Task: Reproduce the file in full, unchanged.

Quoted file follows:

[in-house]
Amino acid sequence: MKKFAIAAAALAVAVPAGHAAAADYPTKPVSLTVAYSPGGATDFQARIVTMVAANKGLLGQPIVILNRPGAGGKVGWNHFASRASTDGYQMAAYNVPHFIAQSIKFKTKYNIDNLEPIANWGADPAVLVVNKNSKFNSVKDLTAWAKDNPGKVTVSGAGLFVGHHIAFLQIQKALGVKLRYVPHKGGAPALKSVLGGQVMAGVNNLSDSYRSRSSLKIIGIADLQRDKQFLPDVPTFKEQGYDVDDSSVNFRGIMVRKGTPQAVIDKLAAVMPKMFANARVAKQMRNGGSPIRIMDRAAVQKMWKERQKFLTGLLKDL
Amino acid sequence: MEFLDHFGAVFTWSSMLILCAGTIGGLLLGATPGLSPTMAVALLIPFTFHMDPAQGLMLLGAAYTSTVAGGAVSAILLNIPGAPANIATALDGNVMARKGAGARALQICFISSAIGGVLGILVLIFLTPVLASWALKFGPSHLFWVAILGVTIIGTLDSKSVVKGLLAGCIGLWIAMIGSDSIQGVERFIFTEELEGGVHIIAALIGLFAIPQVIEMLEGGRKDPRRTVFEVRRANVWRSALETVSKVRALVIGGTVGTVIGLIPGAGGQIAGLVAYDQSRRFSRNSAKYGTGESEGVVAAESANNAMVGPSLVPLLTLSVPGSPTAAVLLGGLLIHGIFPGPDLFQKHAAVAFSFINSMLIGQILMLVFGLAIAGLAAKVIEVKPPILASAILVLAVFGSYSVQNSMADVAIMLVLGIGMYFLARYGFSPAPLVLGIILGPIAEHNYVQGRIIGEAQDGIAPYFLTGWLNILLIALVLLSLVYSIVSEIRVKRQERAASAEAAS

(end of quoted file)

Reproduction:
[in-house]
Amino acid sequence: MKKFAIAAAALAVAVPAGHAAAADYPTKPVSLTVAYSPGGATDFQARIVTMVAANKGLLGQPIVILNRPGAGGKVGWNHFASRASTDGYQMAAYNVPHFIAQSIKFKTKYNIDNLEPIANWGADPAVLVVNKNSKFNSVKDLTAWAKDNPGKVTVSGAGLFVGHHIAFLQIQKALGVKLRYVPHKGGAPALKSVLGGQVMAGVNNLSDSYRSRSSLKIIGIADLQRDKQFLPDVPTFKEQGYDVDDSSVNFRGIMVRKGTPQAVIDKLAAVMPKMFANARVAKQMRNGGSPIRIMDRAAVQKMWKERQKFLTGLLKDL
Amino acid sequence: MEFLDHFGAVFTWSSMLILCAGTIGGLLLGATPGLSPTMAVALLIPFTFHMDPAQGLMLLGAAYTSTVAGGAVSAILLNIPGAPANIATALDGNVMARKGAGARALQICFISSAIGGVLGILVLIFLTPVLASWALKFGPSHLFWVAILGVTIIGTLDSKSVVKGLLAGCIGLWIAMIGSDSIQGVERFIFTEELEGGVHIIAALIGLFAIPQVIEMLEGGRKDPRRTVFEVRRANVWRSALETVSKVRALVIGGTVGTVIGLIPGAGGQIAGLVAYDQSRRFSRNSAKYGTGESEGVVAAESANNAMVGPSLVPLLTLSVPGSPTAAVLLGGLLIHGIFPGPDLFQKHAAVAFSFINSMLIGQILMLVFGLAIAGLAAKVIEVKPPILASAILVLAVFGSYSVQNSMADVAIMLVLGIGMYFLARYGFSPAPLVLGIILGPIAEHNYVQGRIIGEAQDGIAPYFLTGWLNILLIALVLLSLVYSIVSEIRVKRQERAASAEAAS